By Katie Carrera
Washington Post Staff Writer
Sunday, March 13, 2011; D08
As Marcus Johansson walked through a nearly empty Washington Capitals dressing room at the team's training facility in Arlington earlier this week, his chief mentor, Nicklas Backstrom, nodded and commented on the younger Swede's recent play.
"He's growing up pretty good, I think," Backstrom said. "That sure was a nice play he made with Ovi."
He was referring to Alex Ovechkin's second goal against the Edmonton Oilers on Wednesday, where he and Johansson passed the puck between them four times on a two-on-zero rush before the left wing scored.
Backstrom has enjoyed watching Johansson improve over the course of his first NHL season, in part because the 20-year-old rookie's development means Backstrom doesn't have to rush himself back into the lineup.
Although it's only a recent and temporary development, Backstrom's absence with a fractured left thumb resulted in a chance for Johansson to spend time on the top line and showcase how far he has come since his first few months with the Capitals.
Against the defending Stanley Cup champion Chicago Blackhawks on Sunday afternoon at Verizon Center, Johansson likely will skate alongside Ovechkin for a third consecutive game.
Lately, Johansson has been steady playing next to Washington's franchise player. He doesn't try to force passes, as he did earlier in the season, and instead uses his speed and skating strength, which many of his teammates marvel at, to create more space for Ovechkin.
"He's doing real good, I like to see him play like this," Backstrom said. "He was such a good player even when he first came here, you could see it, the way he's fast and a good stick handler and I think the biggest difference is really him becoming more comfortable and gaining the confidence to trust himself in every situation."
Even before this stint on the top line, the Capitals' coaching staff observed his growing calmness with the puck and smart decision-making on a more consistent basis. Johansson already has surpassed the most games he's ever played in a single season, and his play is getting stronger.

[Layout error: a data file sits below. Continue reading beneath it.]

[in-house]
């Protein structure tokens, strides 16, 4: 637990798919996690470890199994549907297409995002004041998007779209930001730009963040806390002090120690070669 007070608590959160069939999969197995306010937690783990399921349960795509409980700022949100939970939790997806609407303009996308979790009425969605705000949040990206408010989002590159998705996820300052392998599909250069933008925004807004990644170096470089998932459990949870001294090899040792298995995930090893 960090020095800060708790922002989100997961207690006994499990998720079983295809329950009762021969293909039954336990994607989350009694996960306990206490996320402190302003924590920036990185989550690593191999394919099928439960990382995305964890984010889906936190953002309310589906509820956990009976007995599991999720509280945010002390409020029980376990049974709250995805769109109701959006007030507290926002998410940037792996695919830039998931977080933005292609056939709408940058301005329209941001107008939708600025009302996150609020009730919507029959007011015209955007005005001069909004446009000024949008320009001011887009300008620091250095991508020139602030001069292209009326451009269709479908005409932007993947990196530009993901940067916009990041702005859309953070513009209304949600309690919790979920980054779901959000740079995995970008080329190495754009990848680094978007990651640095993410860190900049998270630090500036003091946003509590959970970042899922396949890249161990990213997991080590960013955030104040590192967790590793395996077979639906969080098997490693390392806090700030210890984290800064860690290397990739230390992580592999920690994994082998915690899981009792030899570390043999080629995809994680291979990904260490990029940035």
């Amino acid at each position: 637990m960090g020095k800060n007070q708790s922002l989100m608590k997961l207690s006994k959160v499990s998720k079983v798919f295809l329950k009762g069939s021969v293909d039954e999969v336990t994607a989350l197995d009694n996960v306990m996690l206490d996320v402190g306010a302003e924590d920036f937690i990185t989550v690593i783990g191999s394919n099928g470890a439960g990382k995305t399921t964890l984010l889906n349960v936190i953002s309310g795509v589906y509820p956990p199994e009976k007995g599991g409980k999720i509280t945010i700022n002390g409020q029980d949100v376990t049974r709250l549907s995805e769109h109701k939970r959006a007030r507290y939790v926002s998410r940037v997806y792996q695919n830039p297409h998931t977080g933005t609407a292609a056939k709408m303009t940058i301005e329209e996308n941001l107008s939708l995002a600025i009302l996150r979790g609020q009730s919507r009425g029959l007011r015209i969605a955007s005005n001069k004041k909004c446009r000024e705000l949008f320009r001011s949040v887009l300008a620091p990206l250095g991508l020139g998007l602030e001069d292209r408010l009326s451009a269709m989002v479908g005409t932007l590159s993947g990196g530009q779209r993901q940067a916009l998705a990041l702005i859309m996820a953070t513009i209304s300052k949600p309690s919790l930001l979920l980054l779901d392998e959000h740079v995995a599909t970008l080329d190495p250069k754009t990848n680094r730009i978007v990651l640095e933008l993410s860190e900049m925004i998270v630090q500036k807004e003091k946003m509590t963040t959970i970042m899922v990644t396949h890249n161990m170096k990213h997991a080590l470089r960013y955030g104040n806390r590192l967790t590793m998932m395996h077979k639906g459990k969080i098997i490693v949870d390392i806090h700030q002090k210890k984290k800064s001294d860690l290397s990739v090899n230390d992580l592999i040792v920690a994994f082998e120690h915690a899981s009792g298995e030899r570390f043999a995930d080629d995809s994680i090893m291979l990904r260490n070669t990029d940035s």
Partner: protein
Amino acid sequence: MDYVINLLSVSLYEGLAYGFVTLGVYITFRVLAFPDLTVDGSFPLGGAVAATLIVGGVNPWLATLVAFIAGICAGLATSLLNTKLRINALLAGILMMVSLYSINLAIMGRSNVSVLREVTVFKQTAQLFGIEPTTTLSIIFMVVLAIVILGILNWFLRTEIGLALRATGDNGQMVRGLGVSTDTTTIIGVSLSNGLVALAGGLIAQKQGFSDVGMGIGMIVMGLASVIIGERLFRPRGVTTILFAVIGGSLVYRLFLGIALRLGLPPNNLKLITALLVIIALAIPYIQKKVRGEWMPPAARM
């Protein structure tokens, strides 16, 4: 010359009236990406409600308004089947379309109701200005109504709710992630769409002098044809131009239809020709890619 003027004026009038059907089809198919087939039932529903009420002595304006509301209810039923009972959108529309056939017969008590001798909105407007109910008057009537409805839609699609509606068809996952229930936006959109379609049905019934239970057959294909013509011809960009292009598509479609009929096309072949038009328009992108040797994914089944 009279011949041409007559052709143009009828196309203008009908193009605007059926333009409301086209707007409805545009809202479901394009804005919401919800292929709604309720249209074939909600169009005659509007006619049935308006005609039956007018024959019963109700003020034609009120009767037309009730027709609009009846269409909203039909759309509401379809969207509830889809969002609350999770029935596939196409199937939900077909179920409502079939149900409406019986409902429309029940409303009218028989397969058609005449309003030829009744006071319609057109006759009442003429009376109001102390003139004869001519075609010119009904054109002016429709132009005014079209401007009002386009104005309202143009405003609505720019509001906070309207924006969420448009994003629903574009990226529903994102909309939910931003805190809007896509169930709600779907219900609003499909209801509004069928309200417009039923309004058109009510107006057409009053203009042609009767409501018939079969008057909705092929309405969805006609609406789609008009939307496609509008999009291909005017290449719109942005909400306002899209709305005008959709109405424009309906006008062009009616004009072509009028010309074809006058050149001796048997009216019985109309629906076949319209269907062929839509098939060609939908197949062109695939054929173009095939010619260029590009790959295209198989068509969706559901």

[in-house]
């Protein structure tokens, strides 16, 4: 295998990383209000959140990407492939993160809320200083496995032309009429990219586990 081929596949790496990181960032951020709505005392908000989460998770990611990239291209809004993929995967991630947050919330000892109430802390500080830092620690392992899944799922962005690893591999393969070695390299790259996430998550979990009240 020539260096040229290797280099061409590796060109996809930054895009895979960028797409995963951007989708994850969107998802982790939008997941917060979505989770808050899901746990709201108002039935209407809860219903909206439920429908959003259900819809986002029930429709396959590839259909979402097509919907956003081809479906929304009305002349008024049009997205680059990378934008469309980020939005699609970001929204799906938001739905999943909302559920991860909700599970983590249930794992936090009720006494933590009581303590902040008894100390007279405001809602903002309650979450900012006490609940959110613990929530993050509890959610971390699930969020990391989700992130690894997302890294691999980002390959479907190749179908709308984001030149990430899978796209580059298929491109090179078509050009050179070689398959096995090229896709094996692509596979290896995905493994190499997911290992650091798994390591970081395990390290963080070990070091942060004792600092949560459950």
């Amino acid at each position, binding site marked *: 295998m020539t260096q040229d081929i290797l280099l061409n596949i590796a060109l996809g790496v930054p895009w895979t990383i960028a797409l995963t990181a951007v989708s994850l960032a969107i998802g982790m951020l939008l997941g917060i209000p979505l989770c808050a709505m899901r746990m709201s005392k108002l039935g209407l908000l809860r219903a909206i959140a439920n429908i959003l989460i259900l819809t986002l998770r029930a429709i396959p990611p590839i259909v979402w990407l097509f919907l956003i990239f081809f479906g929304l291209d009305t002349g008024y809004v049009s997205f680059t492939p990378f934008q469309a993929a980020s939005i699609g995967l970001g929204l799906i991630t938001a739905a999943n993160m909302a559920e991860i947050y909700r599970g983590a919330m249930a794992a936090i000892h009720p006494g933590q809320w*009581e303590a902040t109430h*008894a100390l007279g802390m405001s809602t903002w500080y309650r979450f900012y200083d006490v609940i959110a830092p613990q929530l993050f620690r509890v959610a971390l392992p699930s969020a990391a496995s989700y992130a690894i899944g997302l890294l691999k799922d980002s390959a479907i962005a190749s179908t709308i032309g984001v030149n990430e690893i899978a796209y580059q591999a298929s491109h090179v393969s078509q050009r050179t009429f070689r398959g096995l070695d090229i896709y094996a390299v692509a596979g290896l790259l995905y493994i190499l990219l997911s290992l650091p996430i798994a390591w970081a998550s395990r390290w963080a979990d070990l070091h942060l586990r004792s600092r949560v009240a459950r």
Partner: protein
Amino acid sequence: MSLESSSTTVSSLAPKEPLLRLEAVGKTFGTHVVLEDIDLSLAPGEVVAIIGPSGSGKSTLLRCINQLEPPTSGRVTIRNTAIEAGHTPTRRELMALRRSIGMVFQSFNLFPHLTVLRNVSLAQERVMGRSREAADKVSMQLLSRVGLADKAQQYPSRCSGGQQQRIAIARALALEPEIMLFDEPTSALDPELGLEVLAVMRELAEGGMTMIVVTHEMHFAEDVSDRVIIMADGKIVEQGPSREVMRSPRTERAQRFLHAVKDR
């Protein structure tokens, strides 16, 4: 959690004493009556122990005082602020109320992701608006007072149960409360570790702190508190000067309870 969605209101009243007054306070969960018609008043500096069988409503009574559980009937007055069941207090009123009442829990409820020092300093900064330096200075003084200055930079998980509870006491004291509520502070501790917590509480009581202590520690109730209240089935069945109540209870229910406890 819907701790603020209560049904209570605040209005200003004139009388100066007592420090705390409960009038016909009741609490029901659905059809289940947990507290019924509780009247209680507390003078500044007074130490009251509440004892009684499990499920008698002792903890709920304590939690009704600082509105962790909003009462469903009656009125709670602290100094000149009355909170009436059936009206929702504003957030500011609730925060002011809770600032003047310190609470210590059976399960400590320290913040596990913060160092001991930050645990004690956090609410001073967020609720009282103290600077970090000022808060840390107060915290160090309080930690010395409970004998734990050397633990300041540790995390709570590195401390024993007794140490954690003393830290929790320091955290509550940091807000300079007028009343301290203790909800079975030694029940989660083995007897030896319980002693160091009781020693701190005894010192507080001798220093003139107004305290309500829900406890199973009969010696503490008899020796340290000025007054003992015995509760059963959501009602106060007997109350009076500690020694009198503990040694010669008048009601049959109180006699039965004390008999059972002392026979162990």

"I think it's just game experience; the more you play, the better you feel and the more you get to know the other teams," said Johansson, who has 21 points, including three in his past four games. "I think the confidence is the thing that's improved most. When you're getting to do things all the time you know you can do it, and it's improved my game a lot."
Everyone could see Johansson's talent and potential when he arrived in Washington for rookie camp this past summer, so much so that General Manager George McPhee all but guaranteed he would start the season in Washington. His teammates saw a sublime skater and someone who was eager to learn, and over the course of the season they've grown to respect Johansson's toughness.
The latest example came on March 6 against the Florida Panthers when Johansson blocked a shot by Dmitry Kulikov - the puck hit him in his right leg, near his knee - that sent him crumpled to the ice. Johansson said his leg hurt and went partially numb, but when he couldn't feel the pain much more he rejoined the contest.
"He's a lot tougher than he looks," winger Mike Knuble said. "A lot of young players come over, start well and dip where he sort of did the opposite and has gotten much better. Who knows what would have been the best thing for any young player, but keeping him here for the whole year seems to have worked. We're going to need him to keep it up going forward."
Where opponents may have rattled him earlier in the season, Johansson manages to endure or avoid the contact and poke-checks. He has become an asset on the penalty kill where his speed allows him to pick a power play's pockets, and his success short-handed makes Capitals' coaches think he can continue to see increased time there even after Backstrom returns.
"So much of where he is right now is a confidence thing," assistant coach Dean Evason said. Early in the year "guys could throw him off when he wasn't sure of himself.
"Now it's hard to knock him off the puck, there are situations where he comes into the zone off balance and he still doesn't lose it. He just stays within himself and stays in control of the puck, his body and the play. That's when you can see him at his best."
Capitals notes: Braden Holtby will make his third consecutive start in net for Washington against the Blackhawks on Sunday. . . .
Backstrom is expected to miss a third straight game while wearing a fiberglass cast to protect his fractured left thumb, and there's still no timetable for his return.